AUGUST GARDEN "TO DO" LIST

 

GENERAL GARDEN CARE

  • This is NOT the time to move plants however it is a GREAT time to Plant new things!

  • Inspect for insects on all your plants.  First priority is watering ALL newly planted trees and shrubs and lawns.

  • Pruning is not advised this month, with the exception of shrubs that have just flowered.

  • Mark your gardens with small stakes to note where fall planted bulbs should go.  Order Spring Bulbs.

  • Trim up flower bed edges as they tend to get ragged this time of the season.

  • Cut blooming flowers to bring indoors.

 

WEED, WEED, WEED      WATER, WATER, WATER

ANNUAL AND PERENNIALS

  • DO NOT fertilize ROSES after August 1st.  Deadhead back to the first set of five leaflets and monitor for Black spot. 

  • Continue to deadhead to promote additional flowering.

  • Prune back annuals that are ‘leggy’ and fertilize with ¼ strength fertilizer twice this month.

  • Plant chrysanthemums and asters.  The earlier the mum is planted the greater the chance of it surviving the winter.  Mulch well.

  • Daylilies will need to have spent flowers and seed heads removed.  Green leaves must remain for photosynthesis.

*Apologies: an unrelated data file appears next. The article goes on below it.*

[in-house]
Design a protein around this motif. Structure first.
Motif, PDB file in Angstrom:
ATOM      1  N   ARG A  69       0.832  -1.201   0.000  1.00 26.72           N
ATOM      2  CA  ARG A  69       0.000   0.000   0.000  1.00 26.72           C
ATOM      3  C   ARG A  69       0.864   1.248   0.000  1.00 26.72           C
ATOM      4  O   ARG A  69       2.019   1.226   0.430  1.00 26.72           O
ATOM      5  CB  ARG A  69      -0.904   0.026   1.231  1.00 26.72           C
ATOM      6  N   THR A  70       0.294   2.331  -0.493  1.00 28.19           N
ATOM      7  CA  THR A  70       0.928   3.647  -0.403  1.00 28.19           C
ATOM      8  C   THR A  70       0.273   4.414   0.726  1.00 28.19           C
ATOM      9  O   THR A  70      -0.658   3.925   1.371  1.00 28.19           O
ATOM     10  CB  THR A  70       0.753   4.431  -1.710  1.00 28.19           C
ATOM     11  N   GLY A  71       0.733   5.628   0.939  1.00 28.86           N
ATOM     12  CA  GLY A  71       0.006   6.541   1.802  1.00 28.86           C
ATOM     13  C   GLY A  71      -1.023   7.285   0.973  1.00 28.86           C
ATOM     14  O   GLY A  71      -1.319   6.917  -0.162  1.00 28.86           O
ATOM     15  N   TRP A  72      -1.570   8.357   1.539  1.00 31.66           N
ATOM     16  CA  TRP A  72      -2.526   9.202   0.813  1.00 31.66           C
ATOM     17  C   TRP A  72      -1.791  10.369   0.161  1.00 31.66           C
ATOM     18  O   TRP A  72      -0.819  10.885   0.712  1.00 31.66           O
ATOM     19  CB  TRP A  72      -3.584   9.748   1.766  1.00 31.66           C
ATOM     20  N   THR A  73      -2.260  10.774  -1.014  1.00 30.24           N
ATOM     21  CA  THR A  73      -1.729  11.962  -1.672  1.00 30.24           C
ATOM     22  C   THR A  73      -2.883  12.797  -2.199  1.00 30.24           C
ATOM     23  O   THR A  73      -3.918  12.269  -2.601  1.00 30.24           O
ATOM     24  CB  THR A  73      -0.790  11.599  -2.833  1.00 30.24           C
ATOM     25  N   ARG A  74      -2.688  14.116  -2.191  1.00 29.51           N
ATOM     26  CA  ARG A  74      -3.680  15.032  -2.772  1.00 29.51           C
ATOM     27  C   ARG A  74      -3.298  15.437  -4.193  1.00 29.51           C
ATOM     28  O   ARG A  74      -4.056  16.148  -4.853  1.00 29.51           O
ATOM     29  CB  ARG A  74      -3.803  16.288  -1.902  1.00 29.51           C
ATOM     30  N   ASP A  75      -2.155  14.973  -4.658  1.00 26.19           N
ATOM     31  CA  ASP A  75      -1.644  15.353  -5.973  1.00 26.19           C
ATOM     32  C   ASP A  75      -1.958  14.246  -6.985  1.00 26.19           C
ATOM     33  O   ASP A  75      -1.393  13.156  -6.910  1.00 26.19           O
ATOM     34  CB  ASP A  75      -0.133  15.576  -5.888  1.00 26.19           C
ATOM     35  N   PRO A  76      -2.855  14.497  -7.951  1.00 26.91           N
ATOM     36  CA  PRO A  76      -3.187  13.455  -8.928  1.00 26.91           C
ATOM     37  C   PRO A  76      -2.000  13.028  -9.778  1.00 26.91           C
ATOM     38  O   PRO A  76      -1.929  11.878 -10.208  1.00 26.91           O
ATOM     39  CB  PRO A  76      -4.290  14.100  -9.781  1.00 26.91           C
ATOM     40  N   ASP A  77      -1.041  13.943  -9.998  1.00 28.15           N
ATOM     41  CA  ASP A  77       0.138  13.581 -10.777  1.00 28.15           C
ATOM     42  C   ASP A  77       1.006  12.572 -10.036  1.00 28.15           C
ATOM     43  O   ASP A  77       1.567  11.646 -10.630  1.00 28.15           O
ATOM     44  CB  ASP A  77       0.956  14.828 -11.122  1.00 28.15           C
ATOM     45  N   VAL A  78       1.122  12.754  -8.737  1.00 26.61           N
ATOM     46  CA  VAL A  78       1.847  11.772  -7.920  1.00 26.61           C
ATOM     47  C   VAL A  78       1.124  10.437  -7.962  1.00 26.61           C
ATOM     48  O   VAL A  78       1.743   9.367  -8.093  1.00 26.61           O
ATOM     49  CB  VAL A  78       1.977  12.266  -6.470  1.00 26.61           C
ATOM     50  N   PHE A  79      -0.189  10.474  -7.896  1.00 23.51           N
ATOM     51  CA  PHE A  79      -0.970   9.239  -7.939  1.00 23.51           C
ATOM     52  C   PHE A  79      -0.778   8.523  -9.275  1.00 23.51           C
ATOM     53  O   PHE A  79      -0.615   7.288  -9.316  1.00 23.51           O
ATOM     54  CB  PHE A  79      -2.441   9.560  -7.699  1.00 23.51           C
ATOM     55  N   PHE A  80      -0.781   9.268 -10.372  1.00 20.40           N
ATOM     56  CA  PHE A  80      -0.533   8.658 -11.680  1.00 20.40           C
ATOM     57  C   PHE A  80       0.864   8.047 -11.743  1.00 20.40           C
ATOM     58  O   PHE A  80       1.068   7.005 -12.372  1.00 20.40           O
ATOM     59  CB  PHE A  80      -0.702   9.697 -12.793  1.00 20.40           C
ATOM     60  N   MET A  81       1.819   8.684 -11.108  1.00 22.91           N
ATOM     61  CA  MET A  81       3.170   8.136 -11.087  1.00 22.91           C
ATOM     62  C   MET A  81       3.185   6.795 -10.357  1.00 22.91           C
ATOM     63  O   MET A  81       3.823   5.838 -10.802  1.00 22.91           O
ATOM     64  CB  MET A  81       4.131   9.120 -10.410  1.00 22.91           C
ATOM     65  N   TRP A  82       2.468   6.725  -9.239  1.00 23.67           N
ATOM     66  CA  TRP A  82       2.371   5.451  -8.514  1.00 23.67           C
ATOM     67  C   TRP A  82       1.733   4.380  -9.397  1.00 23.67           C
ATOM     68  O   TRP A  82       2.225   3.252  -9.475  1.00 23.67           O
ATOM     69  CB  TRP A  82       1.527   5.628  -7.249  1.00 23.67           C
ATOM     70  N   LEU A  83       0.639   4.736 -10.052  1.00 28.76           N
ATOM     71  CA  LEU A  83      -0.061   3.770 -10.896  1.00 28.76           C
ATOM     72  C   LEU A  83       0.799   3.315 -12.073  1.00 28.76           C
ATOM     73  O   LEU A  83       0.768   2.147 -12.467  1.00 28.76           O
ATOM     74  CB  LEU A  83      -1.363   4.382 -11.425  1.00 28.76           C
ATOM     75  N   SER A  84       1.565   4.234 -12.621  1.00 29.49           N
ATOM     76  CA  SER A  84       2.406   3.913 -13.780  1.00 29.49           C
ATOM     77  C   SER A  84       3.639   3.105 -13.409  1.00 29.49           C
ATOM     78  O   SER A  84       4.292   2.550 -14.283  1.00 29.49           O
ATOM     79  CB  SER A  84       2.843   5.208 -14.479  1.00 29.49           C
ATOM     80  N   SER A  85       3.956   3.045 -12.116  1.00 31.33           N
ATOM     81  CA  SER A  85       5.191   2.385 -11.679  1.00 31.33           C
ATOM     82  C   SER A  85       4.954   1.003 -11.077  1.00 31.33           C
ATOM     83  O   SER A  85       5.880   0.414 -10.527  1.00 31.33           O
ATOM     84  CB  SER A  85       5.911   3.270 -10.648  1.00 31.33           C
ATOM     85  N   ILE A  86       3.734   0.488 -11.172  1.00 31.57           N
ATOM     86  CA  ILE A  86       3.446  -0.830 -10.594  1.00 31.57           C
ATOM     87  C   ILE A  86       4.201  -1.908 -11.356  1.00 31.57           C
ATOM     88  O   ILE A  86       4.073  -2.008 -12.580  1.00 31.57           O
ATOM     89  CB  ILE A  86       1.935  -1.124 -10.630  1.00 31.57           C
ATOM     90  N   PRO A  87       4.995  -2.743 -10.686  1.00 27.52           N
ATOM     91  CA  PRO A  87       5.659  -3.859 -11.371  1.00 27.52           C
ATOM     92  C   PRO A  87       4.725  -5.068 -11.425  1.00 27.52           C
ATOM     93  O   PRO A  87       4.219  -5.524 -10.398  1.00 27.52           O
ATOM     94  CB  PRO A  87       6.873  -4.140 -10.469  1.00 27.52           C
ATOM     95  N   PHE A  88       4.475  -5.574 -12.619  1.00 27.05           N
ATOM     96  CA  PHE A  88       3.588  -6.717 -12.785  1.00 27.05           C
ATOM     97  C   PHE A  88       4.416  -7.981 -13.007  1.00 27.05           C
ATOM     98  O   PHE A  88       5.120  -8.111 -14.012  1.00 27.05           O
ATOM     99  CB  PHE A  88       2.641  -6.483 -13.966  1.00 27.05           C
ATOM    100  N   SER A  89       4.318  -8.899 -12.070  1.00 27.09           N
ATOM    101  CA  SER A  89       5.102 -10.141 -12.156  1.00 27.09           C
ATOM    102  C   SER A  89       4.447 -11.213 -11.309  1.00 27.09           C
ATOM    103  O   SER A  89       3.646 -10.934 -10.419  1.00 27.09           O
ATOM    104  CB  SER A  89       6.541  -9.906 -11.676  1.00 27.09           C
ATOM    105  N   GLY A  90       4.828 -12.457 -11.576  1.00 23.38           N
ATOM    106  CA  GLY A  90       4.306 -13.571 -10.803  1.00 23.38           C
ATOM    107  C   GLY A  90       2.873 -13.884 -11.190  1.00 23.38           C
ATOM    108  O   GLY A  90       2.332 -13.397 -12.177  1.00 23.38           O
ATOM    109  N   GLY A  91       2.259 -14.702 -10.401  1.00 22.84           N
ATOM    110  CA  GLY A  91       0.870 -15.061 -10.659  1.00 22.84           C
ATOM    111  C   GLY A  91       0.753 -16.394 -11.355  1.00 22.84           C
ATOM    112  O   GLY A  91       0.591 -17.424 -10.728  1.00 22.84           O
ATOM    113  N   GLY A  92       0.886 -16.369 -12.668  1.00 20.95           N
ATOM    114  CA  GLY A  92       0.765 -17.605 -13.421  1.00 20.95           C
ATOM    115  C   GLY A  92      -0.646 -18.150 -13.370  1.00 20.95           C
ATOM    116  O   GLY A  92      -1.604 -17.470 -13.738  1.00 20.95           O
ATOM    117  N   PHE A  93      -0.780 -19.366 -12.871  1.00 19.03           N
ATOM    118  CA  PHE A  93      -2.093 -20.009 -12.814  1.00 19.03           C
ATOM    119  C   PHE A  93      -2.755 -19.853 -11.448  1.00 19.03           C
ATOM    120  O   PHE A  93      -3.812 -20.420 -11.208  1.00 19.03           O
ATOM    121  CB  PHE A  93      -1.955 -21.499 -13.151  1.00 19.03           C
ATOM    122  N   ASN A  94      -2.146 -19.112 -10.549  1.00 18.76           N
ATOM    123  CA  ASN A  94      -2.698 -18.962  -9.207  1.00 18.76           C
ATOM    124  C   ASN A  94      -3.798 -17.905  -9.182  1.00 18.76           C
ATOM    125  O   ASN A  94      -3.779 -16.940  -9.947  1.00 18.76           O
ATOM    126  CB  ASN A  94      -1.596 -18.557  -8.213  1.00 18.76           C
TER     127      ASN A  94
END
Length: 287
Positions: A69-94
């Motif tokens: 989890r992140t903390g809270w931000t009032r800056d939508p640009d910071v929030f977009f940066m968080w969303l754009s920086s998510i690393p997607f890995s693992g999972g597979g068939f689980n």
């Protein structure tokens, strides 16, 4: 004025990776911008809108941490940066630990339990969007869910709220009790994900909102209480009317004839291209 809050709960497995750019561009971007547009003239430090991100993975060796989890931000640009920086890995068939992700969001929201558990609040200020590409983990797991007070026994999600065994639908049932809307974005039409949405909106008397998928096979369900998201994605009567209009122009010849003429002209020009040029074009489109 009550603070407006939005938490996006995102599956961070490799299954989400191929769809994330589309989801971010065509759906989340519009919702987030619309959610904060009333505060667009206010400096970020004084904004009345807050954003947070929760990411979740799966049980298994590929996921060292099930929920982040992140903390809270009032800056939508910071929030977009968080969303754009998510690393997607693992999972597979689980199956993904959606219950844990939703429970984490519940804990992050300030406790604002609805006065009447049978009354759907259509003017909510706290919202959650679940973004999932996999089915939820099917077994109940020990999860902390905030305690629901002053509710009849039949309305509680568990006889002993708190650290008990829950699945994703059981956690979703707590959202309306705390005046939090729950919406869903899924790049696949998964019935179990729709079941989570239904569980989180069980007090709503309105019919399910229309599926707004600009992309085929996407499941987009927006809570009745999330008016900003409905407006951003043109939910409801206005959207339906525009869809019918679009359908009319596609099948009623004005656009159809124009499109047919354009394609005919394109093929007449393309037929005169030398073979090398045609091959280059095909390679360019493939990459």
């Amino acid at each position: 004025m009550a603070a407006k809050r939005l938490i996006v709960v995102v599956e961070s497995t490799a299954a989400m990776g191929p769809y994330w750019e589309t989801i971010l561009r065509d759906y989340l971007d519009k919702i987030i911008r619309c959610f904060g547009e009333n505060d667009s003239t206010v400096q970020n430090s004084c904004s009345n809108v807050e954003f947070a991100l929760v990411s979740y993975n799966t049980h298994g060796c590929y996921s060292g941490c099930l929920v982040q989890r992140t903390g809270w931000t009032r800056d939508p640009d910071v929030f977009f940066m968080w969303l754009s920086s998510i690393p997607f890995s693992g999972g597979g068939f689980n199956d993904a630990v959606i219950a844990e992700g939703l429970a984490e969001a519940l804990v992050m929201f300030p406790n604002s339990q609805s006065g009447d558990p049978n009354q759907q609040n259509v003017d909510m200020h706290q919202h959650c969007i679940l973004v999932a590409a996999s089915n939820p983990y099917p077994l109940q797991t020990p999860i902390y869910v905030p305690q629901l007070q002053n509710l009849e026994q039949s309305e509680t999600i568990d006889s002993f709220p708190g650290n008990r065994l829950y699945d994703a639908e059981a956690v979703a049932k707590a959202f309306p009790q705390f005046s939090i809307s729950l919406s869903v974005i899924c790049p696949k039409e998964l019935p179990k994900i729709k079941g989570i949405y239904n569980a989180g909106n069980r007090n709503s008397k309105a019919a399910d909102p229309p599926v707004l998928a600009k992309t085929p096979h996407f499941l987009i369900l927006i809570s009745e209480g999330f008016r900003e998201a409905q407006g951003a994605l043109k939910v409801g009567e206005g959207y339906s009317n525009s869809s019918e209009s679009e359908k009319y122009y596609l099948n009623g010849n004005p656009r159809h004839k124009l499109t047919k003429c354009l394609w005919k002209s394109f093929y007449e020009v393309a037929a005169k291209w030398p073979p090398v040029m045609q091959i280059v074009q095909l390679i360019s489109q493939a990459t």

• Feed acid loving plants one more time before fall:  Rhododendrons, azaleas

 

End of Month

  • Daylilies may be divided and replanted.

  • Peonies can be planted.

 

LAWN CARE

  • Mow high, 2 ½ -3 inches, leave grass clippings on lawn but not clumped. 

  • August 15 to September 7th is the best time to seed in Northern Illinois.  Recommendation is mix of Kentucky blue grass, perennial rye and fescue.  Water, water!

  • Grub damage will begin to show up this month as browned out areas or chewed up sections from skunks, raccoons tearing up the grass in search of grubs.

  •  Grass will go dormant and yellow in color in times of drought but will return with rainfall.

 

FRUIT, VEGETABLE, AND HERB CARE

  • Time to PLANT:  snap beans, cabbages, broccoli, carrots, spinach, radishes and lettuces for fall harvest.

  • Keep picking vegetables to keep them producing.

  • Giant squashes will have little or no flavor, pick early.

  • Tomatoes are VERY moisture sensitive…monitor blossom end rot,

  • Keep records for next year's garden plan.